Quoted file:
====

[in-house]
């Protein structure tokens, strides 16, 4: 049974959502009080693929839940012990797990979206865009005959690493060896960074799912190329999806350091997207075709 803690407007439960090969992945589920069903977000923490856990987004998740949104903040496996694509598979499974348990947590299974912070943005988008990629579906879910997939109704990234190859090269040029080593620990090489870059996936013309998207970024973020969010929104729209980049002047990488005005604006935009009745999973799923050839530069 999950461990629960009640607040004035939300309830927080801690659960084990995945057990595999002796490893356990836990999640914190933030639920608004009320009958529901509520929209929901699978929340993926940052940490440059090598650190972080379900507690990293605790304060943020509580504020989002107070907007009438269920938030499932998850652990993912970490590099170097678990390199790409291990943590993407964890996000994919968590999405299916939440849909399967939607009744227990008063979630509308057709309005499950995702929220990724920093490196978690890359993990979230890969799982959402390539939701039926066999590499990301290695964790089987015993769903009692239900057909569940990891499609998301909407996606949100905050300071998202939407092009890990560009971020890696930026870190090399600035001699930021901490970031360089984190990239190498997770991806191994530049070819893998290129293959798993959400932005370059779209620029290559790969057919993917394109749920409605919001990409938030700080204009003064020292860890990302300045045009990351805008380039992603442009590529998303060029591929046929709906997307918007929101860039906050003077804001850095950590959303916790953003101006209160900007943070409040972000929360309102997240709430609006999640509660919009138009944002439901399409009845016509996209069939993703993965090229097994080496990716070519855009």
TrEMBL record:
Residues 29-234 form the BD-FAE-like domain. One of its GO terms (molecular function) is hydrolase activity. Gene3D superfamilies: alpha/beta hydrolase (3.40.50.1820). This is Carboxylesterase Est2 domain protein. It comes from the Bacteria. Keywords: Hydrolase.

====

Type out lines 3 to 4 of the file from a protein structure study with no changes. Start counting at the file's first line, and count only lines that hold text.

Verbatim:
TrEMBL record:
Residues 29-234 form the BD-FAE-like domain. One of its GO terms (molecular function) is hydrolase activity. Gene3D superfamilies: alpha/beta hydrolase (3.40.50.1820). This is Carboxylesterase Est2 domain protein. It comes from the Bacteria. Keywords: Hydrolase.